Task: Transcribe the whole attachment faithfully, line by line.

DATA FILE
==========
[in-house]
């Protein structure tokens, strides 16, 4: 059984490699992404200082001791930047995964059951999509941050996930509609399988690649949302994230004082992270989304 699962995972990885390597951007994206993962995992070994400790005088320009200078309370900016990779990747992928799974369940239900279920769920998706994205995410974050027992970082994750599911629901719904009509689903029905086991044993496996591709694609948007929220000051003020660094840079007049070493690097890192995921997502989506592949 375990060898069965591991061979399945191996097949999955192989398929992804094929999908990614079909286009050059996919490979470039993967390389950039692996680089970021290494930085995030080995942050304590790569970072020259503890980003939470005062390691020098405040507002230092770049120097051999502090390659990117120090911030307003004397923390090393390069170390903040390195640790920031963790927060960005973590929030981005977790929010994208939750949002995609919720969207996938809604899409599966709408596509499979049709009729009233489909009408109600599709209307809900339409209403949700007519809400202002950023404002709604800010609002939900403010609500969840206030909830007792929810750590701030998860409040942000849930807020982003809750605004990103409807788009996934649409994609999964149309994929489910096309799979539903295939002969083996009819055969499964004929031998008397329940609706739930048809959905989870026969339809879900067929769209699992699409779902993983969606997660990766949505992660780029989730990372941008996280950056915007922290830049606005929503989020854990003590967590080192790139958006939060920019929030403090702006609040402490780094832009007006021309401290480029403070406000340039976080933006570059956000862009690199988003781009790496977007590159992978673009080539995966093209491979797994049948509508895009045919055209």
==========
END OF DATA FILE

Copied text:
[in-house]
């Protein structure tokens, strides 16, 4: 059984490699992404200082001791930047995964059951999509941050996930509609399988690649949302994230004082992270989304 699962995972990885390597951007994206993962995992070994400790005088320009200078309370900016990779990747992928799974369940239900279920769920998706994205995410974050027992970082994750599911629901719904009509689903029905086991044993496996591709694609948007929220000051003020660094840079007049070493690097890192995921997502989506592949 375990060898069965591991061979399945191996097949999955192989398929992804094929999908990614079909286009050059996919490979470039993967390389950039692996680089970021290494930085995030080995942050304590790569970072020259503890980003939470005062390691020098405040507002230092770049120097051999502090390659990117120090911030307003004397923390090393390069170390903040390195640790920031963790927060960005973590929030981005977790929010994208939750949002995609919720969207996938809604899409599966709408596509499979049709009729009233489909009408109600599709209307809900339409209403949700007519809400202002950023404002709604800010609002939900403010609500969840206030909830007792929810750590701030998860409040942000849930807020982003809750605004990103409807788009996934649409994609999964149309994929489910096309799979539903295939002969083996009819055969499964004929031998008397329940609706739930048809959905989870026969339809879900067929769209699992699409779902993983969606997660990766949505992660780029989730990372941008996280950056915007922290830049606005929503989020854990003590967590080192790139958006939060920019929030403090702006609040402490780094832009007006021309401290480029403070406000340039976080933006570059956000862009690199988003781009790496977007590159992978673009080539995966093209491979797994049948509508895009045919055209």